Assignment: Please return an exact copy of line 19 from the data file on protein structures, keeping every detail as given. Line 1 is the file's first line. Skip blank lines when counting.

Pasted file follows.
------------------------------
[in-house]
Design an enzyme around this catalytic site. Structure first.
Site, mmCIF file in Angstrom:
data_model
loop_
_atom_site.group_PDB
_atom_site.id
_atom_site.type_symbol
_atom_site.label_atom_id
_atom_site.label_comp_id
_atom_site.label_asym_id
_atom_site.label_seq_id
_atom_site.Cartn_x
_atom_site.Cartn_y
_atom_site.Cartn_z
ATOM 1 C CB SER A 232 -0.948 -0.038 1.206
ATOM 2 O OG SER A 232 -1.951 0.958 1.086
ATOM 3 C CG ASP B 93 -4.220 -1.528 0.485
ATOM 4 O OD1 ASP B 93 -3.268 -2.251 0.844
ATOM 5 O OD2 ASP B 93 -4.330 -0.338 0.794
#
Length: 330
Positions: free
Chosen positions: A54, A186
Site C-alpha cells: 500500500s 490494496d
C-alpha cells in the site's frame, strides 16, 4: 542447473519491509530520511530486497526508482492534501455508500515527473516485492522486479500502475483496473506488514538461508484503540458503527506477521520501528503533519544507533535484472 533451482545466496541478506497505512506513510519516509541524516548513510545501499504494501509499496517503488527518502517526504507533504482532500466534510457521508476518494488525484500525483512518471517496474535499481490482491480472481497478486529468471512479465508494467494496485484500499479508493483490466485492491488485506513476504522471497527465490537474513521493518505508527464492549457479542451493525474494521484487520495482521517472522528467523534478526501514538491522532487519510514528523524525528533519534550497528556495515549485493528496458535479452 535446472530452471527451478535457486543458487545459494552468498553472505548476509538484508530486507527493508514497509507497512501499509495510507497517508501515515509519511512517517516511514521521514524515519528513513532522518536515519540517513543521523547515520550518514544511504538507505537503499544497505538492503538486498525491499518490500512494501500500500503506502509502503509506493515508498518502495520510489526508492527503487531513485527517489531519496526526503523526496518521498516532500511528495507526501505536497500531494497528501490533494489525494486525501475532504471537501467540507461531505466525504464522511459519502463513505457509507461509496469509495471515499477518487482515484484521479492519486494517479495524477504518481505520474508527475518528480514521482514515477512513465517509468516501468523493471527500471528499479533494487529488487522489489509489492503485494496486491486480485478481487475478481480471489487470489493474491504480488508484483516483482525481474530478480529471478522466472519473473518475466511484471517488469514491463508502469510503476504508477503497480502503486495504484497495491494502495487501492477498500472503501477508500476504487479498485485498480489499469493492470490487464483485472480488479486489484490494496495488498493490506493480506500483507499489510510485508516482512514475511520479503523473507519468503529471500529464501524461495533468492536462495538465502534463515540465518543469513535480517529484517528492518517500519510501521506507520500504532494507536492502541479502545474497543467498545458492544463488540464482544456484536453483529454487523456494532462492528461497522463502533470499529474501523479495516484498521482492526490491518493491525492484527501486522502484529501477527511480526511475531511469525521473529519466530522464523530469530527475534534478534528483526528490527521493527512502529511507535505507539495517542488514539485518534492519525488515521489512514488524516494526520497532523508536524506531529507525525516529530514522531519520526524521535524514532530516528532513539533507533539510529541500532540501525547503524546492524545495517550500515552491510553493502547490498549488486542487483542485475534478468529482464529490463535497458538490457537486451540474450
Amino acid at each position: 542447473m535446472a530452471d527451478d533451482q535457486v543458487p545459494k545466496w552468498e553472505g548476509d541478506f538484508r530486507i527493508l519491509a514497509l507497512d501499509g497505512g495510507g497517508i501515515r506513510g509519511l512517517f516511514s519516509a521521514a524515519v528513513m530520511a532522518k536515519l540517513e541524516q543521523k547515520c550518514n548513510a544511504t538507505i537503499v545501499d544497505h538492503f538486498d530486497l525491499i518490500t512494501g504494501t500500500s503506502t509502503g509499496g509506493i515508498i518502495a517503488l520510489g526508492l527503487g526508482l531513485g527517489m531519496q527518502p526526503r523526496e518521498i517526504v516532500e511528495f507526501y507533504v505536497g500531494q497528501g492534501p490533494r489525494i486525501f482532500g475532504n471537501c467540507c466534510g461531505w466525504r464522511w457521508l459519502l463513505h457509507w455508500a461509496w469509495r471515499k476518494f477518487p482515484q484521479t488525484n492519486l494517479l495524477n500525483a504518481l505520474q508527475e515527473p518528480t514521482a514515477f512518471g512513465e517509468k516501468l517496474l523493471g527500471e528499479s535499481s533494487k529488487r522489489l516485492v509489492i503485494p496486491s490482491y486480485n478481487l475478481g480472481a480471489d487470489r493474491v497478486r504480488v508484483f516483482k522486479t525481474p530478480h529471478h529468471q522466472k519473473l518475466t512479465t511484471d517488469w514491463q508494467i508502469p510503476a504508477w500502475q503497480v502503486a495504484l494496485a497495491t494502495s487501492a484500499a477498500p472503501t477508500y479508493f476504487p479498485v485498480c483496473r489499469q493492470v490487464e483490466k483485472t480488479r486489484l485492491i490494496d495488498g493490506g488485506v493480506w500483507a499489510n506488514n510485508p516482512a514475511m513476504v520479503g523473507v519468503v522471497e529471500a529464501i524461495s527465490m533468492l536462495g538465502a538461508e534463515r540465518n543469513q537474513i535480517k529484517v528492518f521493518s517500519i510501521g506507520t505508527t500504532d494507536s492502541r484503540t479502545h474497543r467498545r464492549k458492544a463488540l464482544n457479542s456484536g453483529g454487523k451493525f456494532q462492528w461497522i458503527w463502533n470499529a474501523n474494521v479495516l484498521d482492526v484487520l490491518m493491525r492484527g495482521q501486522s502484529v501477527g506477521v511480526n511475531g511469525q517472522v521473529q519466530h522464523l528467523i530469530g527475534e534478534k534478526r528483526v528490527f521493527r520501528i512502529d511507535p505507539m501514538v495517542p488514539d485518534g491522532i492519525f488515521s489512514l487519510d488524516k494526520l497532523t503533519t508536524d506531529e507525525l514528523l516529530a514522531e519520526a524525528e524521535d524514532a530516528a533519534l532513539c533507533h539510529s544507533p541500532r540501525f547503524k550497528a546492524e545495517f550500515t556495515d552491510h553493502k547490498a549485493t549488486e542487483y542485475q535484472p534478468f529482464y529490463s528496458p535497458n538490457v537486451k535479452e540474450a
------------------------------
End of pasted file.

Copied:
ATOM 4 O OD1 ASP B 93 -3.268 -2.251 0.844